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Human Branding within Influencer Marketing

Isabella Lowengrip as a human brand

Written by S. Bahaduri, R. Yesilgul

Paper category

Bachelor Thesis


Business Administration>Marketing & Sales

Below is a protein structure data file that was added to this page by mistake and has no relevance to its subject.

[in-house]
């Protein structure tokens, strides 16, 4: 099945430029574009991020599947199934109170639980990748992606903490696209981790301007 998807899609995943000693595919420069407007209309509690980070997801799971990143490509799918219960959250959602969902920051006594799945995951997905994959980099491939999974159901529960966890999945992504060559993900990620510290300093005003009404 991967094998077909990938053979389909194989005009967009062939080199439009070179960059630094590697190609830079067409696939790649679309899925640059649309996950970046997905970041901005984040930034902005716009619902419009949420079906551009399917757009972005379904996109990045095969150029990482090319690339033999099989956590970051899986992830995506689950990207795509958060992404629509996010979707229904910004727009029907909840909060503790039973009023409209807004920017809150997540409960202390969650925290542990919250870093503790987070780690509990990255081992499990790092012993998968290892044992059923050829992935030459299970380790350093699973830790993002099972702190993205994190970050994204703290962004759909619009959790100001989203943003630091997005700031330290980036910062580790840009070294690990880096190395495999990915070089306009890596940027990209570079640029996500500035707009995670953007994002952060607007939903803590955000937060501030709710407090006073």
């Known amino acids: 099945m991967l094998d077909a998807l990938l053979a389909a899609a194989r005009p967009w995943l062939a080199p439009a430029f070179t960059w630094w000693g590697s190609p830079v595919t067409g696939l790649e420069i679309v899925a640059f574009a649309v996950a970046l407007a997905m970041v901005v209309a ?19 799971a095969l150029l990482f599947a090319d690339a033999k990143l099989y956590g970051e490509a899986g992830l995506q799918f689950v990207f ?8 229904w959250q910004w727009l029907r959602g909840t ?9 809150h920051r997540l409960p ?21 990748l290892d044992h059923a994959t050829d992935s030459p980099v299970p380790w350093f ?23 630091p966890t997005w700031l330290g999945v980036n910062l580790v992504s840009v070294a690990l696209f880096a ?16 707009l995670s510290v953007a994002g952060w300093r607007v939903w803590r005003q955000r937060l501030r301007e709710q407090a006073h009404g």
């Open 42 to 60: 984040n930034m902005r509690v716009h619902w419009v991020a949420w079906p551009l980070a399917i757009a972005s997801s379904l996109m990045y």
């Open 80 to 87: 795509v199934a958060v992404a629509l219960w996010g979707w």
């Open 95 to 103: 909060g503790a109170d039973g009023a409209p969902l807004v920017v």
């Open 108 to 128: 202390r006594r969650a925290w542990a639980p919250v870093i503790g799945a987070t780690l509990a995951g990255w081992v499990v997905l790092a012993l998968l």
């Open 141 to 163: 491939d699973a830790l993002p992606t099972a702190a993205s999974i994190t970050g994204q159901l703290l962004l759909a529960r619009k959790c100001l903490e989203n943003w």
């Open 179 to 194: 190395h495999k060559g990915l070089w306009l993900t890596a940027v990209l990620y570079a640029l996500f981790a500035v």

Bachelor Thesis: Influencer marketing innovation and technology have undergone a revolution in the human field. Individuals from all over the world are introduced to the online platform for advertising and marketing management (Alam & Khan 2019). In order to keep the company successful, it is very important to start an online business (Alam & Khan 2019). Due to social network interaction, the marketing scenario has undergone rapid changes. Influencer marketing is not only based on how many followers an individual has on their social media, but it is also more complicated than that. The framework is based on the relationship with the audience, but the principle is that influencers need to have a social network to connect and bring out knowledge (Ong 2018). According to Syrdal et al. (2019) There are two ways for companies to expand their brand. One is through macro influencers with thousands of followers. Micro influencers are called celebrities. Another approach is micro-influencers, who would rather have a niche target audience. It is individuals who create content about their lives, whether it is writing, blogging, or pictures of them using Instagram. Social network is a product of social media, it is a new form of individuals receiving and exchanging information and knowledge (Lou & Yuan 2019). Through emerging innovations and technologies, influencer marketing has evolved from the context of social media. Influencer marketing is a collaboration between an influencer and a brand, which is trusted by potential people who influence others (Syrdal et al., 2019). Lou & Yuan (2019) believes that online celebrity marketing is a marketing module, entities and brands invest in online celebrities, and introduce their brand image through their platforms and targeted at community brands. In addition, influencer marketing involves aligning with the brand, where influencers on social media platforms shape the awareness of their audience and in this way encourage certain types of behavior (Syrdal et al., 2019). 2.3. Brand awareness Social media is a platform for entities to share and promote activities to make the audience understand the brand (Tritama & Tarigan 2016). Brand awareness is a form of strategic investment that can build awareness within the brand line and create recalls. Tarigan & Tritama (2016) mentioned that it is very important for brands to introduce emotions. Consumers can trust and trust instead of just treating them as just sales. Yigit & Tigli (2018) mentioned that consumers buy products or services that they know well. Brand awareness is described as a spiritual force of existence, which measures the length of the brand line that consumers can recall. Although there are various brands on the market (Poulis et al. 2019) 2.4. Human brands Brands are usually associated with terms, designs, symbols, etc. that identify their market value (Saboo et al., 2016). In the past, the traditional way of using the term “brand” was associated with companies, services, and products, but now, through marketing communications efforts, humans are also classified as brands (Chang et al., 2013). Ahumanbrand refers to "any well-known person who is the subject of good marketing communications" (Thomson 2006, p. 104). According to Speed, Butler, and Collins (2015), human branding is still one of the latest topics in marketing and brand research, in which the theory is “new and relatively rare” (Thomson 2006, p. 137). Although it has played a huge role in recent marketing efforts, there is very little research on human brands. Other research conducted within the concept of human branding has been applied to various backgrounds, such as CEO (Cottan & Lehma 2018), including CEO brand identity (human and management), CEO brand reputation (human and management), and leading to CEO branding Differentiated CEO brand positioning, artist (Schroeder2015) and political leader (Speed, Butler & Collins 2015). Human brands as individuals have the ability to make an impact on a deeper level because they convey a certain degree of authenticity and effective human depth that non-human brands cannot intercept (Fournier and Eckhart, 2018). The human brand gives a strong personal connection, which is what the market needs to succeed in the commoditized community we live in today. The reason for the strength of this term is that the human brand has a social imprint in the family, friends and colleagues around us. This is where influencers have the greatest impact on us as consumers, because we are the cultural meaning that spreads in society. Part of (Fournier & Eckhardt 2018), much like a traditional marketing communication tool word of mouth. In this way, consumers feel an intimacy with a human brand and therefore form a “connection” as if they know the real person behind the brand, rather than the image they intentionally perceive (Fournier & Eckhardt 2018). Huang & Huang (2015) explained consumers' attachment to human brands as simple purchases of core products at the beginning, and later development through interaction and dialogue, leading to a deeper attachment to human brands. According to Huang & Huang (2015), this kind of attachment can be regarded as “secondary object” attachment or idolatry. Humanized brand is a unique phenomenon with brand identity that brand managers want to bring out and maintain (Centeno & Wang 2017). Today, visual elements play a greater role in advertising than verbal elements. The brand director wants to create a brand identity that is unique and different from the competitive market (Phillips et al., 2014). Read Less